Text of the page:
New Queen's command center is unveiled

Jan. 26—Related Photo Gallery: Queen's launches command center to better manage patients, care

The Queen's Health System on Thursday held a blessing for its new command center to help it manage patient care across its facilities more efficiently.

The Aukahi Command Center is a centralized hub offering real-time data on the location and number of admitted patients, beds occupied per unit and estimated time of discharges and transfers at Queen's facilities.

Hospital executives

expect it to improve patient care and flow, and

to help staff direct resources more effectively as demands increase

statewide.

"We believe that by bringing everyone together, allowing them to hear what's going on in the emergency departments, with admissions, transfers, we can better coordinate the right care at the right place at the right time," said Jason Chang, Queen's executive vice president of innovation and strategy.

Queen's invested

$4.5 million into the center on South King Street

with support from

GE HealthCare's Command Center software

program.

The new command center, said Chang, will "bolster our efforts to increase access to high-quality care by improving continuity and collaboration among the various teams and departments that provide care during a patient's hospital stay."

Gov. Josh Green lauded Queen's for taking initiative on investing in the new technology, calling

it a "game-changer" for

patients.

A doctor with a patient in cardiac arrest on Hawaii island, for instance, could call Queen's to work out whether a transfer is possible much more efficiently with the new system.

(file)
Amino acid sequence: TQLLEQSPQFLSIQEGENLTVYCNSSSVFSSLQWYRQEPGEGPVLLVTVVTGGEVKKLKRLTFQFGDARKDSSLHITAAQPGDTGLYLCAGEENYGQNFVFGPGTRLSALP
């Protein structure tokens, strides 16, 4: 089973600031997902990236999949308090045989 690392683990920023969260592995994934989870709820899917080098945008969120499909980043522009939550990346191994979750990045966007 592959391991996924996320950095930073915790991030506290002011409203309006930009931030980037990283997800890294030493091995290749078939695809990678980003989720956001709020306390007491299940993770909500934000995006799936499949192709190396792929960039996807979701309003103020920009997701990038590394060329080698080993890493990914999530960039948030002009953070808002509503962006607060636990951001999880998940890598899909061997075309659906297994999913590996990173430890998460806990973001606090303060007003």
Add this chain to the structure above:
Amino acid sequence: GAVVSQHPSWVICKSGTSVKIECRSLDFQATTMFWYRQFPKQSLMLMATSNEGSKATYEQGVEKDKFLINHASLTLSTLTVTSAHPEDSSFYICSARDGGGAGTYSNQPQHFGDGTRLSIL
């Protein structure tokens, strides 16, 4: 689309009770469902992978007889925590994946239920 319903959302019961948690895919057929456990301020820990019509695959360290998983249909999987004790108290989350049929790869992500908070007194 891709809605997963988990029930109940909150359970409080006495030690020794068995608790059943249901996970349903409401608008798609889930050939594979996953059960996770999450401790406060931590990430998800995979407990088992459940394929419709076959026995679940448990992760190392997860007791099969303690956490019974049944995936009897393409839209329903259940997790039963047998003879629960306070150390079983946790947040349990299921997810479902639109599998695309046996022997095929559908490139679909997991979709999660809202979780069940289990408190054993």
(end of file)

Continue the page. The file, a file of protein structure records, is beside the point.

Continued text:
Whereas a response might have previously taken hours over the phone, a glance at information at the command center can determine whether a transfer can be made

immediately.

This is valuable for doctors and nurses far from Honolulu, in particular, he said, who need to know quickly whether intensive care beds or trauma teams are available for their patients in need.

During the height of the COVID-19 pandemic, he said, when hospitals were at overcapacity, data from the command center could have helped determine the number of traveling health care workers to bring in much more quickly.

Alexandra Wroe, vice president of patient care at Queen's, said the command center allows care teams to be more proactive in day-to-day operations.

The dashboard shows how full the cardiac ICU is, for instance, the number of discharges expected and whether beds will be available the next day.

When fielding multiple requests for expedited testing, the team can now determine which ones to prioritize.

The team will be able to see that a patient in one unit is ready to be discharged, for instance, but has been waiting hours for an echocardiogram and expedite it.

"Now we can make

data-driven decisions," she said.

Queen's also has access to a real-time dashboard launched by the Healthcare Association of Hawaii

that shows the capacity level for hospitals

statewide.

At around noon Thursday the dashboard showed both of the Queen's facilities on Oahu to be pretty full.

The Queen's Medical Center­-West Oahu was at 93% capacity while The Queen's Medical Center at Punchbowl was at 95%. Pali Momi Medical Center in Pearl City was at overcapacity, at 101%.

These days, Queen's West often can be busier than the Punchbowl campus due to a growing population on Oahu's West side.

"Queen's is already making an investment to expand the hospitals' emergency room and additional in-­patient beds," said Chang, "but it can't come fast enough, and so managing the flow of patients and having real-time information, that's our bridge to also contribute to improving access to everybody on the West side."

The new command center is part of Queen's Innovation Institute, launched in March with the goal of using technology to improve access to all levels of care.

Queen's also operates Molokai General Hospital and North Hawaii Community Hospital in Waimea, along with Queen's Island Urgent Care.

Queen's is also exploring a formal affiliation with Wahiawa General Hospital. The two parties in November entered an asset purchase agreement that is to be formalized in April.

Queen's has named the new command center Aukahi, which means united and flowing together.